Bidding Back in the Bluegrass with Fasig-Tipton’s Horses of Racing Age Sale Monday

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Newtown Paddocks | Fasig-Tipton photo

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The Fasig-Tipton July Horses of Racing Age Sale, which has steadily built momentum through its first seven years, comes smack up against the swirling uncertainty of a global pandemic when it returns for its eighth renewal at the company’s Newtown Paddocks Monday afternoon. The catalogue for the one-session auction, bolstered by the late addition of recent stakes winners, includes 182 offerings. Bidding begins at 4 p.m.

Consignors seemed eager to get back to business ahead of the auction, but were cautious about expectations.

“This sale is getting more popular every year and I think you are seeing some better horses sold in it, but it’s hard to say what this year will bring,” admitted Claiborne Farm’s Walker Hancock. “I don’t know who will be able to show up, but I know Fasig is going to provide the buyers with all the opportunities they can, whether it’s online bidding or phone bidding. We are doing videos for all of our horses, so even if you can’t make it to the sales grounds, hopefully you’ll be able to view them online and we’ll be able to provide any information the buyers may be looking for if they can’t be here in person.”

Fasig-Tipton debuted its online bidding platform during the recent Midlantic 2-Year-Olds in Training Sale and will again offer out-of-town buyers the chance to bid online Monday. Hancock agreed the horses of racing age sales were a natural fit for on-line shopping.

“Yearlings, weanlings and mares are a little different,” he said. “With horses of racing age, you can just go and watch the races. As long as they vet, which you can get your vet to look at those online, you’re buying off results and have more information than when you are just looking for potential.”

The Horses of Racing Age sale has, since its inception, been conducted in tandem with Fasig-Tipton’s July Yearling Sale. With the yearling auction cancelled this year and travel restrictions still in place in many locales, activity at the sales barns will be predictably down.

While there may be fewer people at the barns, that won’t necessarily be a factor in the sale’s final results, according to Mark Taylor of Taylor Made Sales Agency.

“With these racehorses, it’s easier to do your due diligence without physically being here,” Taylor said. “You can have the horse vetted, you can look at their PPs, you can watch the videos of their races and  you can make a buying decision very easily and you don’t have to physically be here. So I think the traffic is going to be way down from a typical year, but I think at the end of the day, people are going to be here to buy racehorses.”

Last year’s July sale was topped by Jalen Journey (With Distinction), who sold for $510,000 and only weeks later finished third in the GI Bing Crosby S. That sort of ready-to-run offering is what appeals to many shoppers at the horses of racing age sale, according to Gainesway’s Michael Hernon.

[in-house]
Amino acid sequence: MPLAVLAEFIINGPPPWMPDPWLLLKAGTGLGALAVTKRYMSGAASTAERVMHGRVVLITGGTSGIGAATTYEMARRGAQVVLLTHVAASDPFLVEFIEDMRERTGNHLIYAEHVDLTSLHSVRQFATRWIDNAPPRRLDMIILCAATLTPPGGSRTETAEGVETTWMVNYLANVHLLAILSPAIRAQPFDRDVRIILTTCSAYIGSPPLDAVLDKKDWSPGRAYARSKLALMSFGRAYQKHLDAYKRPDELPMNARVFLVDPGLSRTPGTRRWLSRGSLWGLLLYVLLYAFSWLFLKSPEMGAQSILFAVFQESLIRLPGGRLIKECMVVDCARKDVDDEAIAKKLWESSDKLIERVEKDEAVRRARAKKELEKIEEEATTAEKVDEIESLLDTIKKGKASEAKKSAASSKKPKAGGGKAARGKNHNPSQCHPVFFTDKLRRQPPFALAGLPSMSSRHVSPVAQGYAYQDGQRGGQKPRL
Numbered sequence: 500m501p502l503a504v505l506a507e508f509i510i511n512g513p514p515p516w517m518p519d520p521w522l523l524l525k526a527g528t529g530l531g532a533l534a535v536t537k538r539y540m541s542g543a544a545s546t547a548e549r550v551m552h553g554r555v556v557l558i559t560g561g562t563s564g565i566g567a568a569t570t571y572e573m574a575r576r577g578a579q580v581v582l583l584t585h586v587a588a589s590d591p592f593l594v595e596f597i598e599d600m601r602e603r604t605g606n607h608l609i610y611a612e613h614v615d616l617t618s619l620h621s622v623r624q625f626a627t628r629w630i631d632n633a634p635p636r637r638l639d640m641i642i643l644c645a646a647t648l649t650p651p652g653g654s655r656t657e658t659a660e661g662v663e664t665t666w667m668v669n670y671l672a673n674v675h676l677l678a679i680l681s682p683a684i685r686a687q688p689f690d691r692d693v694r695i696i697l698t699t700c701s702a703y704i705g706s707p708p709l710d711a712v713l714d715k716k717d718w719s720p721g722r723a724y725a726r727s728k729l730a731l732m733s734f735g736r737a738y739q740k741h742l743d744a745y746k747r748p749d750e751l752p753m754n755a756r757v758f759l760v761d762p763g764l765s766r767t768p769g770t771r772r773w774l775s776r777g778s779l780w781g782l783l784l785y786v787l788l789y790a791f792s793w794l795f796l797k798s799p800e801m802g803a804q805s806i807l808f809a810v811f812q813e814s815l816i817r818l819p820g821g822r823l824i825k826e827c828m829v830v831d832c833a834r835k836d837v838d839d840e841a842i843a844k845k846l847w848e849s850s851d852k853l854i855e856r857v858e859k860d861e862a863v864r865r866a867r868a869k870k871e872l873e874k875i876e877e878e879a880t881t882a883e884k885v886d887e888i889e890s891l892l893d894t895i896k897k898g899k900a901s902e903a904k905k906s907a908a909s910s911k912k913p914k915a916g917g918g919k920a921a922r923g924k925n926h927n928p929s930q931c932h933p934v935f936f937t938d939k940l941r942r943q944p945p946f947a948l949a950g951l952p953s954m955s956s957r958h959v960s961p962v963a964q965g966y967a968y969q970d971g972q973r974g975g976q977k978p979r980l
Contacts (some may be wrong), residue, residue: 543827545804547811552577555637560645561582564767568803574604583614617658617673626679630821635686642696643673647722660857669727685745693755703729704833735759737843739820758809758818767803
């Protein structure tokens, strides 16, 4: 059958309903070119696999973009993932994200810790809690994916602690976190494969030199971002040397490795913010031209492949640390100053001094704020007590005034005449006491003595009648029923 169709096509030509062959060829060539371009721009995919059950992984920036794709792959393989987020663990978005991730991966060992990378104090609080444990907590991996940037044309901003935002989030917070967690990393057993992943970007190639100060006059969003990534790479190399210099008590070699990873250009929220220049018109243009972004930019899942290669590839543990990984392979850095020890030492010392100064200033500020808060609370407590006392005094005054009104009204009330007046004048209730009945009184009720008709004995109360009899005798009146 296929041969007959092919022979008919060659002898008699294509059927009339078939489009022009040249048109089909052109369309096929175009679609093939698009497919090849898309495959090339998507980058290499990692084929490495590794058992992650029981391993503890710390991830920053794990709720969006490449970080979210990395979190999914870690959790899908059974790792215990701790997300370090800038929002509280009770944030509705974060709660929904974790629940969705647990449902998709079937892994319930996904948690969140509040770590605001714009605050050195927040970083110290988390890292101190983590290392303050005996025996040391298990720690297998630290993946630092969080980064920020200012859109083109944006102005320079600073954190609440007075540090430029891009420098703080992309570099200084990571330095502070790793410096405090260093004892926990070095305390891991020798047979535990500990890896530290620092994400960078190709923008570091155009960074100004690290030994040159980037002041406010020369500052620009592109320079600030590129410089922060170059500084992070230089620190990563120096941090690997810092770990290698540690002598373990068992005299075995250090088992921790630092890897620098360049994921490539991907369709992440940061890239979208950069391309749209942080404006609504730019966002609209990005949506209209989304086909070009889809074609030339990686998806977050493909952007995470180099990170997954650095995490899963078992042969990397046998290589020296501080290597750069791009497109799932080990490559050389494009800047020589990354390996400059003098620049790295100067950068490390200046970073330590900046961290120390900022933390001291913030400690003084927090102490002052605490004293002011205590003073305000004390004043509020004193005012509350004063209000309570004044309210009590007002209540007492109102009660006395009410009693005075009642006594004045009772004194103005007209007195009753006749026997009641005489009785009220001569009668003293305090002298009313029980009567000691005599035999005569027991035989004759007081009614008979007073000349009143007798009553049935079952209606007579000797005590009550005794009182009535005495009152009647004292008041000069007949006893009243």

“I think we are operating in an uncertain time obviously, but people want the ready-made article,” Hernon said. “They don’t want to wait. And the racehorse sale provides a lot of opportunity for immediate results. Horses are ready to run who have established form and can run in the new buyer’s colors in a matter of weeks. There is strong demand for current racehorses who can proceed to their next race without delay.”

The Black Album (Fr) (Wooten Bassett {GB}), consigned by Bluewater Sales, was added to the catalogue following his win in the July 8 Jonathan B. Schuster Memorial S. While, Liam’s Pride (Liam’s Map) was the final horse added to Monday’s auction following his win in Friday’s Gold Fever S. at Belmont Park. He will be consigned by Elite Sales.

With racing virtually shut down for months this spring and opportunities still limited, the demand for horses will likely be down, according to Elite’s Brad Weisbord.

“I think it’s going to be a very tough year,” Weisbord said. “There are not as many racetracks that are open, so you have more horses in a smaller spot. You have owners who were hemorrhaging all through the COVID crisis with no racing, so they probably have too many horses on their hands. I think it’s going to be a very hard year to attract a huge buying pool.

He continued, “We have seen decreases across the board in the 2-year-old sales, somewhere in the 20-35% range, and I think by the time scratches hit and RNAs hit, I think this sale is going to be down, especially on average. It’s a very tough environment to recruit a horse, it’s a very tough environment to get a buyer excited about a horse. And I expect us to suffer through it for 2020. It’s a bad year for virtually everybody unless you are selling cleaning supplies. But we’ll get through it.”

A total of 95 horses sold at last year’s July sale for a gross of $6,548,500. The average was $68,932 and the median was $45,000.

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